A new multicenter study will determine if monitoring levels of HIV, the virus that causes AIDS, in a person's blood can keep patients healthier longer by helping doctors make better treatment decisions. The study, sponsored by the National Institute of Allergy and Infectious Diseases (NIAID), is recruiting 1,100 HIV-infected people through the NIAID-supported Terry Beirn Community Programs for Clinical Research on AIDS (CPCRA), a community-based clinical trials network.
CPCRA study 036 is comparing two strategies for deciding when to change anti-HIV therapy: 1) current clinical practice alone (monitoring the development of or changes in HIV symptoms as well as blood levels of CD4+ T cells, immune cells destroyed by HIV) versus 2) current clinical practice plus periodic tests measuring the amount of HIV, or viral load, in a given amount of blood.
Scientifically and medically, this is an extremely important study that addresses a major gap in knowledge," comments Anthony S. Fauci, M.D., NIAID director.
Although doctors commonly change a patient's antiretroviral therapy when drug efficacy appears to wane, they need better tools for deciding when such changes might be most beneficial. A new technology that detects blood levels of HIV RNA, the genetic material of HIV, has been suggested as a promising way for clinicians to both gauge the effectiveness of therapy and predict when the disease might get worse.
While many people believe that changes in the level of HIV RNA are good indicators of drug effectiveness, this has never been proven. This study will determine whether use of this expensive technology makes a difference in the quality of a patient's life," says Jack Killen, M.D., director of NIAID's Division of AIDS. It is not known, for example, if keeping HIV burden at a minimum with available therapies will have any clinical benefit, or if switching treatments more frequently will result in drug choices being exhausted too quickly.
The CPCRA study team has chosen to use the branched DNA (bDNA) assay for HIV-1, one of several new research tests that measure HIV viral load. The assay yields reproducible results and is relatively simple to perform. It uses a light-detecting system to find HIV RNA in virus particles in a blood sample. The intensity of light generated by the captured particles is proportional to the amount of HIV RNA present. The assay is made by Chiron Corp. of Emeryville, Calif., which, along with Smith Kline Beecham Clinical Laboratories of Philadelphia, is underwriting some of the technical costs of the study.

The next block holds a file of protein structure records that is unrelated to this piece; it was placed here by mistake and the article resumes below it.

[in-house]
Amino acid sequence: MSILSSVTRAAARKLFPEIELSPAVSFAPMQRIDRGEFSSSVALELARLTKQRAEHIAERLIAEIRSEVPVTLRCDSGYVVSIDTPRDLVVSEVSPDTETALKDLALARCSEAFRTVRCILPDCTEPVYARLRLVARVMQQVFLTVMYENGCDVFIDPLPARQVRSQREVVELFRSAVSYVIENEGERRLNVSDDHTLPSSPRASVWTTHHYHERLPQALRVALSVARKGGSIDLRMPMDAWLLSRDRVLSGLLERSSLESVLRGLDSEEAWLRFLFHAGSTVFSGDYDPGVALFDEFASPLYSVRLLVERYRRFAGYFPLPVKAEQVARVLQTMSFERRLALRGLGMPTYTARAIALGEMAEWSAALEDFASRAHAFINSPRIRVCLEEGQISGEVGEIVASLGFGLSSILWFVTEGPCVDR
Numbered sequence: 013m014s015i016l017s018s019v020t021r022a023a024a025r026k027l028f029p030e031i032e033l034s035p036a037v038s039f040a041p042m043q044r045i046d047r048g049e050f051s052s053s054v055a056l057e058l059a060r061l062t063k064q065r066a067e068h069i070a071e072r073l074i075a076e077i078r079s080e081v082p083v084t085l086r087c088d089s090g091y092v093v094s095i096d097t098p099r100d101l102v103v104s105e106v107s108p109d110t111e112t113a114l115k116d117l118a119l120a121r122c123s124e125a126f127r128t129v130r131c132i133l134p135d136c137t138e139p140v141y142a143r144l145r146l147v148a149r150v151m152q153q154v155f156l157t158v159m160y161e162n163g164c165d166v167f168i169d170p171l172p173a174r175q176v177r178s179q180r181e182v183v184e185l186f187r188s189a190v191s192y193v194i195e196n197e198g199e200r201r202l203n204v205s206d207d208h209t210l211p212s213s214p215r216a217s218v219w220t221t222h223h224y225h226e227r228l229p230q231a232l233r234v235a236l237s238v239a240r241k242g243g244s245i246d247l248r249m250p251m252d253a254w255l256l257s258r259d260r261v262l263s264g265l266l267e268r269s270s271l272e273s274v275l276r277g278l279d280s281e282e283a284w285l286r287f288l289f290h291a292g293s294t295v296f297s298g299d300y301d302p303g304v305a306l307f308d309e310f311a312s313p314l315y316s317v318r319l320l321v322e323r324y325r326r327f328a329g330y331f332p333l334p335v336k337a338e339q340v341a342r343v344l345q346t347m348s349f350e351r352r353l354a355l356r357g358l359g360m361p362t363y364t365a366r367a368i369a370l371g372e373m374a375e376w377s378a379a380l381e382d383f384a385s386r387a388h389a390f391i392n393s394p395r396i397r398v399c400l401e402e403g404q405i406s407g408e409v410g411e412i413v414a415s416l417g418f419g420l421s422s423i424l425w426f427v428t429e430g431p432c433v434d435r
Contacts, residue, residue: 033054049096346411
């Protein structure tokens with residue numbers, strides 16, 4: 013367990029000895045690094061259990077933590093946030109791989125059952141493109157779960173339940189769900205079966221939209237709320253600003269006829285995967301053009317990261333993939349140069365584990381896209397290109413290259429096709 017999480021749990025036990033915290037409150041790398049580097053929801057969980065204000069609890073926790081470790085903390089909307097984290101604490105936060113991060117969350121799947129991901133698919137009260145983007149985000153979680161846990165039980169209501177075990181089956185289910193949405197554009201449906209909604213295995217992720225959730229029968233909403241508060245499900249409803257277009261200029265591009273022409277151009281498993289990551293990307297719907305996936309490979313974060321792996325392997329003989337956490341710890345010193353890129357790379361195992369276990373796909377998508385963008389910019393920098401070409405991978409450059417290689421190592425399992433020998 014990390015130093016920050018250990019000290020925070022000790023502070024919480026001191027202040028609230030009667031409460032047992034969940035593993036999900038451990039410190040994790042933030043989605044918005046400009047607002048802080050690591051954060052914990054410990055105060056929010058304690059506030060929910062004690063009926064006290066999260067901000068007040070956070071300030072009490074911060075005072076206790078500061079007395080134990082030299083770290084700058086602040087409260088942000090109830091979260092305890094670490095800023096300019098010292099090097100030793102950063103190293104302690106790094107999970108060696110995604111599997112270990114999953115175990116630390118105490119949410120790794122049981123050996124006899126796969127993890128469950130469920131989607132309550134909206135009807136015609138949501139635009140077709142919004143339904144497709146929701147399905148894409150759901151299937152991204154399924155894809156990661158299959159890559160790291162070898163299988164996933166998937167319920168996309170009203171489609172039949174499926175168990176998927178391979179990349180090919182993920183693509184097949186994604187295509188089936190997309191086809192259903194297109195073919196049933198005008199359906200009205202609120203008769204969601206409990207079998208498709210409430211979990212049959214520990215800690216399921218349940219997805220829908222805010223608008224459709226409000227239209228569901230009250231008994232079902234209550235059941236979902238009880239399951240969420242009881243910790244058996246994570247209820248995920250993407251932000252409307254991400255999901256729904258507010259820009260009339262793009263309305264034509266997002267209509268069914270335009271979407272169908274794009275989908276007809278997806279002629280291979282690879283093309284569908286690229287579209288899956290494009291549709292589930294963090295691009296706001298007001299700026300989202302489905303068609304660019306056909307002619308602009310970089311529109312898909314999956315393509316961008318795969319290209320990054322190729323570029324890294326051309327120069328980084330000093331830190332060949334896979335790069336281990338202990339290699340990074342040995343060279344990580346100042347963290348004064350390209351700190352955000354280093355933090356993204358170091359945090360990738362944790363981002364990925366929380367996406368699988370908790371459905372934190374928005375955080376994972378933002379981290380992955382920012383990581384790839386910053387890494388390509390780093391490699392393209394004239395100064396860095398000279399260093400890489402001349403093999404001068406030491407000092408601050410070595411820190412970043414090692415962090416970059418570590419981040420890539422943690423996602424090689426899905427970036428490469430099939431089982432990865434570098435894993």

Volunteers in CPCRA 036 will be divided at random into two groups of 550 each--a current clinical practice (CCP) arm and an HIV RNA arm. Those in the CCP arm will be taken care of according to current clinical practice. Those in the HIV RNA arm will have bDNA assays performed at least every four months throughout the study, and clinicians will use the results of these tests in addition to current clinical practice to manage the care of these patients.
CPCRA 036 does not dictate the use of specific drugs or clinical strategies. Decisions about preventive and therapeutic drug regimens will be decided by the study volunteers in consultation with their doctors.
The point of using the bDNA assay is to improve doctors' efforts to keep HIV load as low as possible for as long as possible. Hence, study clinicians will get state-of-the-art updates about HIV RNA quantitation and are expected to aggressively manage patients in the HIV RNA arm based on this information.
To be eligible for CPCRA 036, a person must be HIV-infected and in reasonably good health, 13 years of age or older, have a CD4+ T cell count of 300 or fewer cells per cubic millimeter of blood 16 weeks prior to randomization, and receive their care from a participating CPCRA site.
Melanie A. Thompson, M.D., of the AIDS Research Consortium of Atlanta serves as the study chair, and George Perez, M.D., of the North Jersey Community Research Initiative in Newark is the study co-chair.
A list follows of all the CPCRA sites expected to participate in the study. To obtain contact telephone numbers at these sites, call the AIDS Clinical Trials Information Service at 1-800-TRIALS-A (1-800-874-2572).
AIDS Research Consortium of Atlanta, GA.
Chicago Community Programs for Clinical Research on AIDS, IL.
Harlem AIDS Treatment Group, New York, NY.
Cooper Hospital/University Medical Center, Camden, NJ.
Denver Department of Health and Hospitals, CO.
Henry Ford Hospital, Detroit, MI.
Research and Education Group, Portland, OR.
North Jersey Community Research Initiative, Newark, NJ.
Philadelphia FIGHT, PA.
Tulane University Medical Center, New Orleans, LA.
Community Consortium, San Francisco, CA.
Baltimore Community Research Initiative, MD.
University of New Mexico Medical Center, Albuquerque, NM.
Virginia Commonwealth University, Richmond, VA.
Washington Regional AIDS Program, Washington, D.C.
Wayne State University, Detroit, MI.
NIAID, a component of the National Institutes of Health, supports research aimed at preventing, diagnosing and treating illnesses such as AIDS, tuberculosis, asthma, and allergies. NIH is an agency of the U.S. Public Health Service, part of the U.S. Department of Health and Human Services.